Publication type: Thesis (Master of Science)
Publisher: The University of British Columbia
Author: Clayton G. Manning
Overall, this thesis expands on our ecological understanding of a group of biologically diverse marine fishes by investigating how they are shaped by their habitats, prey, and predators. In my first data chapter, I used the seahorse Hippocampus whitei as a case study for investigating the ecological correlates of syngnathid abundance and distributions. Expanding on research that had looked at how either their habitats, prey, or predators affected their populations, I considered all three components in a single holistic approach.
I investigated these correlations at two scales: among different seagrass beds (200-6000 m apart), and within a single seagrass bed (<100 m in size). I found that habitat, prey, and predator variables all correlated with seahorse density or height distributions to varying extents, depending on the scale of the study. Total predators was negatively associated with seahorse density across seagrass beds, the only ecological variable that was correlated with seahorses across beds. Within seagrass beds, seahorse locations correlated with greater depth, denser seagrass, more prey types, and fewer predators.
In my second data chapter, I reviewed the diets and feeding behaviour of syngnathids, bringing together, summarizing, and providing new insights on a large amount of fragmented information on the topic. I answered three central questions. 1. How do syngnathids eat? 2. How does feeding and diet vary across a morphogically diverse family of fishes? 3. How does feeding and diet vary across a family of fishes that lives in a three-dimensional space? I answered question 1 by summarizing a number of different studies on the morphologies and kinematics of syngnathid feeding events. I answered questions 2 and 3 using a meta-analysis on syngnathid diets found the literature.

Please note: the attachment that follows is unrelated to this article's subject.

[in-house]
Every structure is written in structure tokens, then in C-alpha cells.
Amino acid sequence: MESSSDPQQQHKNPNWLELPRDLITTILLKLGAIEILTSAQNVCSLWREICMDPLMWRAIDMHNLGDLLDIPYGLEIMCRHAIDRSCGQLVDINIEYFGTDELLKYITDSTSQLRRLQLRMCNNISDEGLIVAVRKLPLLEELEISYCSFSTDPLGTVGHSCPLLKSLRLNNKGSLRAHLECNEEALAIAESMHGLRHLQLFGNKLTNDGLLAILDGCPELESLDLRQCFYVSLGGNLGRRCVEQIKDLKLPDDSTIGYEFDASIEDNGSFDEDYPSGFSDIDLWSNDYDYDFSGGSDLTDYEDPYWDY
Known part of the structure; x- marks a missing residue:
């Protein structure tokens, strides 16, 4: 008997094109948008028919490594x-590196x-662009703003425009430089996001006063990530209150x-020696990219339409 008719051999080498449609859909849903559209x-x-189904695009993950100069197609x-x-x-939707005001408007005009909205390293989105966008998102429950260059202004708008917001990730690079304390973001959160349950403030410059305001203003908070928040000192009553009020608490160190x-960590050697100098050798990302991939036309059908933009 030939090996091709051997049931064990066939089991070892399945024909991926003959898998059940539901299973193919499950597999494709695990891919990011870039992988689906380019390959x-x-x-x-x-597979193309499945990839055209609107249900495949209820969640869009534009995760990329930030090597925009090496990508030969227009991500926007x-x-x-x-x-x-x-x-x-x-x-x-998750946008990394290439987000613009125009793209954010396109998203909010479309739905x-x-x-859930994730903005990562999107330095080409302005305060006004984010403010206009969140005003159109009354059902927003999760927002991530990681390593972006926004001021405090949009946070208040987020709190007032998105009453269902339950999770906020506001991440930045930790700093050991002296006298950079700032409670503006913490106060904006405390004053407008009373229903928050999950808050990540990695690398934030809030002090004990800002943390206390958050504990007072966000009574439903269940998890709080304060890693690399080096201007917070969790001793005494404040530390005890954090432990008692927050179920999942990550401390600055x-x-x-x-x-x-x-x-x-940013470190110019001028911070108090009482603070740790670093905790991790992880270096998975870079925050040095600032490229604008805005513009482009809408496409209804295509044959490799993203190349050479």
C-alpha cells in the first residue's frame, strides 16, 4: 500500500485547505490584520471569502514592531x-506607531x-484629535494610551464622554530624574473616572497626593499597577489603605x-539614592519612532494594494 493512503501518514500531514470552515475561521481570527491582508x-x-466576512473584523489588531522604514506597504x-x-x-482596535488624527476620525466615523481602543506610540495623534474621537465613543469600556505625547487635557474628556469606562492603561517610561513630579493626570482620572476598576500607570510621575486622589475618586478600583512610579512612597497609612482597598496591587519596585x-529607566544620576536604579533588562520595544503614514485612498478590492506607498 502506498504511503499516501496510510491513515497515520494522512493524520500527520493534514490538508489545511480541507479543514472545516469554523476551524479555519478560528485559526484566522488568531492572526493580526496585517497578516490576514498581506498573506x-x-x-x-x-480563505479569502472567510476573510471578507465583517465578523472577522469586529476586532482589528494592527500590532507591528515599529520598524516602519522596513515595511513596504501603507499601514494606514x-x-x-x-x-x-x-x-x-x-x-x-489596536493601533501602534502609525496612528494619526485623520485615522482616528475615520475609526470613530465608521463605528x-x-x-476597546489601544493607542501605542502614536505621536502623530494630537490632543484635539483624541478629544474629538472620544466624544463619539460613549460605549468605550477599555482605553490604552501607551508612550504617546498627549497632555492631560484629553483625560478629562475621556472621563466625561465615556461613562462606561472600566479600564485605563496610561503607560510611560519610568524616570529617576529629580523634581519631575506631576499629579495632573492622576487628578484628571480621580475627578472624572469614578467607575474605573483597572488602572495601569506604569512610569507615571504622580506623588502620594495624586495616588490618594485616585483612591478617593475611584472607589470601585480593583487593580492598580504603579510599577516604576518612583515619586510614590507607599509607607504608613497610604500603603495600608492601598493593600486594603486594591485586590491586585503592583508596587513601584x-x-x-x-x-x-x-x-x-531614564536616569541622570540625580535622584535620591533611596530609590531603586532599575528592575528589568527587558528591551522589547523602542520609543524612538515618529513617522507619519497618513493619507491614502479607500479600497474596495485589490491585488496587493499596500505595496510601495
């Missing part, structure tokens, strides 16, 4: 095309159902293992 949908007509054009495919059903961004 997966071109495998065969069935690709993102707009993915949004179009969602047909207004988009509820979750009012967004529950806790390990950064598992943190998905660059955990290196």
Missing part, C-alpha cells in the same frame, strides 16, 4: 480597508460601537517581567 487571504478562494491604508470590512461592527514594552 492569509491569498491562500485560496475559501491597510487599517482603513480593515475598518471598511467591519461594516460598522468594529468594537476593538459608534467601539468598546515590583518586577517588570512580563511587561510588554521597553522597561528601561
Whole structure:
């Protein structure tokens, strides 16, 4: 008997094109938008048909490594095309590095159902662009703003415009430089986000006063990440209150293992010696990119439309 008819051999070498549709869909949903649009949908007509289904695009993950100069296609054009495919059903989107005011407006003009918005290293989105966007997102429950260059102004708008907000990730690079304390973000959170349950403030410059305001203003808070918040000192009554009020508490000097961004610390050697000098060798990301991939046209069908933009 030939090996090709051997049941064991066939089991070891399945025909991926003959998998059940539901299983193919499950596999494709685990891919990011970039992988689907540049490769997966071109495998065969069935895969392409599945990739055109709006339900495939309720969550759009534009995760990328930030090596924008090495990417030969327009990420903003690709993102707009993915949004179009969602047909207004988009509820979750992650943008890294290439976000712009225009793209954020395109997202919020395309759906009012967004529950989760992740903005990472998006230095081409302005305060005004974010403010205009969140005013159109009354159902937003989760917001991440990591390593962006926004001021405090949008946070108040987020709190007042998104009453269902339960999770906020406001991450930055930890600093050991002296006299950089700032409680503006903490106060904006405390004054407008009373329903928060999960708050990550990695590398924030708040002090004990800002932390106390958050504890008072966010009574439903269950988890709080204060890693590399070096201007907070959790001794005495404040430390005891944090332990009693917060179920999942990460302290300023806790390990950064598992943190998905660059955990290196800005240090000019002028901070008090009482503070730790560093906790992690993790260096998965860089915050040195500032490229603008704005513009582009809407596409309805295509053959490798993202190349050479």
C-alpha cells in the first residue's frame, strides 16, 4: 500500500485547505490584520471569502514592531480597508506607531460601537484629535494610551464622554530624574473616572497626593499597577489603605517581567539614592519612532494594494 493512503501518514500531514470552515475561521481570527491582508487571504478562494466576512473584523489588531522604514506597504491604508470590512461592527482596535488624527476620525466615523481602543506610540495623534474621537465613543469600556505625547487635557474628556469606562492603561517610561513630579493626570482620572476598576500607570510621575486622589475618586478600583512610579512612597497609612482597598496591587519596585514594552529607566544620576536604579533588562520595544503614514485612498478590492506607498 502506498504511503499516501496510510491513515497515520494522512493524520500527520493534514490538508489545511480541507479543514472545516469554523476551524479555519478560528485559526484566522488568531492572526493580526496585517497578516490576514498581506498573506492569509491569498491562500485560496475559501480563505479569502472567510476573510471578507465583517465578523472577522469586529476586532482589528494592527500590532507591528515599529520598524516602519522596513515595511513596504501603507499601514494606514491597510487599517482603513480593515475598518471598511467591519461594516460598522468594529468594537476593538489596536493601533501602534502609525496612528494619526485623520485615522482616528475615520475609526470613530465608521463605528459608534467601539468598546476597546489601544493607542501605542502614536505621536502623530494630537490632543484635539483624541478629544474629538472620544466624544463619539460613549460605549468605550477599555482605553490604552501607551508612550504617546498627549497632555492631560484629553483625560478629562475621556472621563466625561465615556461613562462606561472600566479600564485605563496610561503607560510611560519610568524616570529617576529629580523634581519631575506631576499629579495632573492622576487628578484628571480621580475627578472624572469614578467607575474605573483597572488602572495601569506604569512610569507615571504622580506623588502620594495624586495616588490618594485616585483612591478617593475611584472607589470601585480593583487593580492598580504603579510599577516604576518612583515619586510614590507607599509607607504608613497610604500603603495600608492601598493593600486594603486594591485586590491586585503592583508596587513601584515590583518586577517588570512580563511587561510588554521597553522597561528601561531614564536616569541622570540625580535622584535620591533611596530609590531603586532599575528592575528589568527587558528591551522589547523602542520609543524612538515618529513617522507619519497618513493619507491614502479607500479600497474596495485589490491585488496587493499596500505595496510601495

Overall, I found there to be a large amount of variation in syngnathid diets that I hypothesize is caused by large differences in prey availability. Of the explained variation, I found their diets were most strongly correlated with their relative snout lengths and gape sizes. These feeding morphologies also had high phylogenetic signal, suggesting that dietary differences across genera were largely explained by how they differed with respect to these morphologies.